And some of those shinier benefits are a great way to do that. You just need to be able to back up your perks with solid, consistent cultural factors that cater to employees’ experience of work holistically – such as their wellbeing, development and financial security – because a quarter of respondents said the thing that caused them to join the organisation isn’t what has kept them there.
“One EVP for an entire organisation no longer cuts the mustard.” – Caitlin Guilfoyle, Future of Work, Growth Play Leader, PwC
Considering ‘working with good people’ was the number one benefit for employees, Guilfoyle suggests figuring out how you can promote employees in campaigns about why it’s great to work for your company. You could also bring them into the recruitment process, so candidates have an opportunity to get to know their potential colleagues from the get-go.
PwC also found high levels of confidence amongst executives who were asked about their people’s engagement levels. None of them reported thinking their people were even somewhat disengaged. But as the report’s authors state, “In the current climate we can’t equate employee engagement with an intent to stay”.
Due to drastic value shifts during lockdowns, many people could be easily lured towards greener pastures, even if they are relatively happy. Also, due to skills shortages in Australia, we can expect talent poaching to rise. Data shows that 38 per cent of UK workers have been approached for a new job five times in 2021 alone, and five per cent reported being approached ten times.
“People might feel engaged and not actively looking [for a new job], but then you can also see all the interesting things other organisations are offering in the media. This may prompt people to consider leaving.”
So, even if things seem rosy and employees don’t show signs of becoming a flight risk, that doesn’t mean you can sit back and relax. Consider what you can be doing now to make your talent poach-proof. Be proactive and offer bonuses/incentives to your high performers, rather than reactively responding with a counter offer once they’ve met with a recruiter.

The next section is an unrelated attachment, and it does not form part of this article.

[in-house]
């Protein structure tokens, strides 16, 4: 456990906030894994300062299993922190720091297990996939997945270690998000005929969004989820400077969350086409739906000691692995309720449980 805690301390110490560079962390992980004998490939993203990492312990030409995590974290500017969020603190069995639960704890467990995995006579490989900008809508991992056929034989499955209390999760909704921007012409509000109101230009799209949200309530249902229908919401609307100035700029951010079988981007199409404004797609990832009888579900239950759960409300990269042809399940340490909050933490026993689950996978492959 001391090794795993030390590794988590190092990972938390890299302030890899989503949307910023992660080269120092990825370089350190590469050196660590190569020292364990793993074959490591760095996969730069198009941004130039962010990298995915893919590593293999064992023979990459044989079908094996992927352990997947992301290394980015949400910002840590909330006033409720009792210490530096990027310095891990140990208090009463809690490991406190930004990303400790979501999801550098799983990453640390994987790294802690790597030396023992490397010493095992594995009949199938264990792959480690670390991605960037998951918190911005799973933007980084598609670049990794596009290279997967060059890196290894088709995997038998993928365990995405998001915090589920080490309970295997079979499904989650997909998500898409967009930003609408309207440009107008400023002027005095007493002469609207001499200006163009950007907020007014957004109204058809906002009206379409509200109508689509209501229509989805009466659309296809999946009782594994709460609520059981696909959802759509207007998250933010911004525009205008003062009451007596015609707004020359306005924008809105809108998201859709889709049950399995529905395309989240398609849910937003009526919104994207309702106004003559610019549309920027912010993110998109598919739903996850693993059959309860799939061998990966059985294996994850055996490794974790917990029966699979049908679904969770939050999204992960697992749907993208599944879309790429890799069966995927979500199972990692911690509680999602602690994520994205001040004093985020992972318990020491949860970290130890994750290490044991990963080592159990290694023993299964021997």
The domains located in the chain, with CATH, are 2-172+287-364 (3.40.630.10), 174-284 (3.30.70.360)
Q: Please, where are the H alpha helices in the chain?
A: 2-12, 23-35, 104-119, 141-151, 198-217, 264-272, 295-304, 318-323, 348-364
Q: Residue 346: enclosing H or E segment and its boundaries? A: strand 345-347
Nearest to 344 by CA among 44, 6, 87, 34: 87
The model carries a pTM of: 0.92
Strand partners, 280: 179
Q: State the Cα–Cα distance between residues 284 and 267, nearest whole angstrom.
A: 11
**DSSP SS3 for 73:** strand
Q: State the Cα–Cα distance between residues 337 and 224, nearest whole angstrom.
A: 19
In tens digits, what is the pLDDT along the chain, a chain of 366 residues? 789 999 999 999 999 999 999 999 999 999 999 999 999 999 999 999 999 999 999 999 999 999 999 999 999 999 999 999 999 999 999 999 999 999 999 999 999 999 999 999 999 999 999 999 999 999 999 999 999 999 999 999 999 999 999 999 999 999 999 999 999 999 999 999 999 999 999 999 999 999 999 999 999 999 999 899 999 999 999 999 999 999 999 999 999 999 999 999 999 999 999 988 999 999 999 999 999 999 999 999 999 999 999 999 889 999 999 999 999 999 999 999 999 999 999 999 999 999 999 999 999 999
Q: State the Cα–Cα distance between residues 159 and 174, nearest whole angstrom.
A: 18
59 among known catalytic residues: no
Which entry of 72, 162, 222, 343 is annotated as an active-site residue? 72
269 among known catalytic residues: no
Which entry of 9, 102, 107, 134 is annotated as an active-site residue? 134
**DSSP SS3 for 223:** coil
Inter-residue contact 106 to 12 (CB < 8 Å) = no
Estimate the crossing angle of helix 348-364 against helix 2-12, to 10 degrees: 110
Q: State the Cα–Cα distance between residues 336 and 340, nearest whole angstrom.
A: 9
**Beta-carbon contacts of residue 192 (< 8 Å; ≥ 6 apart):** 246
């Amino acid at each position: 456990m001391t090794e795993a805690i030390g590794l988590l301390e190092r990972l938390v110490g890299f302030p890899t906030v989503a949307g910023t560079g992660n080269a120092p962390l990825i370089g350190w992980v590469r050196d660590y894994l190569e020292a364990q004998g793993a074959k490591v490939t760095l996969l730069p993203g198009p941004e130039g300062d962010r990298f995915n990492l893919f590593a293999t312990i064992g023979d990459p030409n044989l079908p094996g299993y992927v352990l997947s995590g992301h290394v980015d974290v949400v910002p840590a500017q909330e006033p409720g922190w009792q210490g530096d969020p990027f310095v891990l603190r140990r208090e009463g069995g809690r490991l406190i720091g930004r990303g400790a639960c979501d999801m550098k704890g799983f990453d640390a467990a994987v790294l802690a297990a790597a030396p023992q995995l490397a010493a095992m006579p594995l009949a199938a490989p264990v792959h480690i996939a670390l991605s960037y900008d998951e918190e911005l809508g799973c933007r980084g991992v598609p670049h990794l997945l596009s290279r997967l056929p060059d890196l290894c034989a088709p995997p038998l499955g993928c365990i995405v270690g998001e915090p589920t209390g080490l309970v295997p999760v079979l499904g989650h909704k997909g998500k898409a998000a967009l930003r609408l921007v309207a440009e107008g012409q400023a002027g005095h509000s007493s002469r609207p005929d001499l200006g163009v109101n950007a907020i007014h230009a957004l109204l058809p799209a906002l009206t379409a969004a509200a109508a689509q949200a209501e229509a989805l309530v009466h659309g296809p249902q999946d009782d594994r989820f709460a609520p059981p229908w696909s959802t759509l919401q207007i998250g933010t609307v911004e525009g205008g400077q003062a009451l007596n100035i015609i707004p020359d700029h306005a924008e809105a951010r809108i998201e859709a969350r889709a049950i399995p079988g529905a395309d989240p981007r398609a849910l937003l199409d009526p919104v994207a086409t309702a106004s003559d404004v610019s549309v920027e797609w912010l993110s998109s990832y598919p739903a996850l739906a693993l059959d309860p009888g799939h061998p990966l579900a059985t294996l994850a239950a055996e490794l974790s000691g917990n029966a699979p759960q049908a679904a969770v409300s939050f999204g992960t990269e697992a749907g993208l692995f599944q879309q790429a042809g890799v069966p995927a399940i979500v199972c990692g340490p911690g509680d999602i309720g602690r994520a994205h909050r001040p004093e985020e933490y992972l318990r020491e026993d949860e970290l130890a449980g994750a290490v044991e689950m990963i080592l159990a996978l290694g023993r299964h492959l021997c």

Final food for thought
Peppered throughout PwC’s report are questions for employers to keep in mind when thinking about rebuilding their EVP, or checking that the current one is up-to-scratch.
Here are some that stood out:
- Is your remuneration market competitive for the type of employee you have or want to attract?
- Do you have the right mechanisms in place to review remuneration and rewards frequently?
- How are you benchmarking your approach to wellbeing support as a core pillar of your EVP?
- Are you clear on your own employees’ preferences?
- How does your organisation provide flexibility within your EVP so it can be adapted to individual needs and preferences?
- How do you sell the people and culture of your organisation in talent attraction and selection processes so candidates get to see the people they’ll be working with?
“Don’t just pay lip service to this stuff,” says Guilfoyle. “[Answering these questions] requires some considerate thought and attention. Open up a two-way dialogue by bringing employees into the conversation.”
Finally, Guilfoyle says to take people on the journey with you.
“A lot of organisations only want to talk about things after they’re done… but we’re seeing the need for more transparency, so making people aware of your commitment tells them you’re willing to invest in them.”
Need to upskill before you can address some of your people’s pressing EVP needs? AHRI’s suite of short courses cover all manner of topics, from mental health at work, creating high-performance teams and building ethical workplaces. Learn more here.